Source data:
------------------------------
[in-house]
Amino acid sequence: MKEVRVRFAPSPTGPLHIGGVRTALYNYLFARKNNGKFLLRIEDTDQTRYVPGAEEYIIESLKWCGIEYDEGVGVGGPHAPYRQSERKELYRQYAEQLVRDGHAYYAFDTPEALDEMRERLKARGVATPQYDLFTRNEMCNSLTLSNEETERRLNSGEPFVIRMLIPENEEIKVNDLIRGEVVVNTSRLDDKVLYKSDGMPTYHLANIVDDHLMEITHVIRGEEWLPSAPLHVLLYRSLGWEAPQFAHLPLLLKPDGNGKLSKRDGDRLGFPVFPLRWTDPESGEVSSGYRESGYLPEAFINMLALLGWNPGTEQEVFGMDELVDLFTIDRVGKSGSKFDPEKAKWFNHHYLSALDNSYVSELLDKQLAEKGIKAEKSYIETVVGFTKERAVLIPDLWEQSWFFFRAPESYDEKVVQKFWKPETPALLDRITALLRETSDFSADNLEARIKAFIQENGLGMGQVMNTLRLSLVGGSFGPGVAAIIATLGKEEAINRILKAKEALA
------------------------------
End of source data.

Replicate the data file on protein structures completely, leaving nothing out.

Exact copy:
[in-house]
Amino acid sequence: MKEVRVRFAPSPTGPLHIGGVRTALYNYLFARKNNGKFLLRIEDTDQTRYVPGAEEYIIESLKWCGIEYDEGVGVGGPHAPYRQSERKELYRQYAEQLVRDGHAYYAFDTPEALDEMRERLKARGVATPQYDLFTRNEMCNSLTLSNEETERRLNSGEPFVIRMLIPENEEIKVNDLIRGEVVVNTSRLDDKVLYKSDGMPTYHLANIVDDHLMEITHVIRGEEWLPSAPLHVLLYRSLGWEAPQFAHLPLLLKPDGNGKLSKRDGDRLGFPVFPLRWTDPESGEVSSGYRESGYLPEAFINMLALLGWNPGTEQEVFGMDELVDLFTIDRVGKSGSKFDPEKAKWFNHHYLSALDNSYVSELLDKQLAEKGIKAEKSYIETVVGFTKERAVLIPDLWEQSWFFFRAPESYDEKVVQKFWKPETPALLDRITALLRETSDFSADNLEARIKAFIQENGLGMGQVMNTLRLSLVGGSFGPGVAAIIATLGKEEAINRILKAKEALA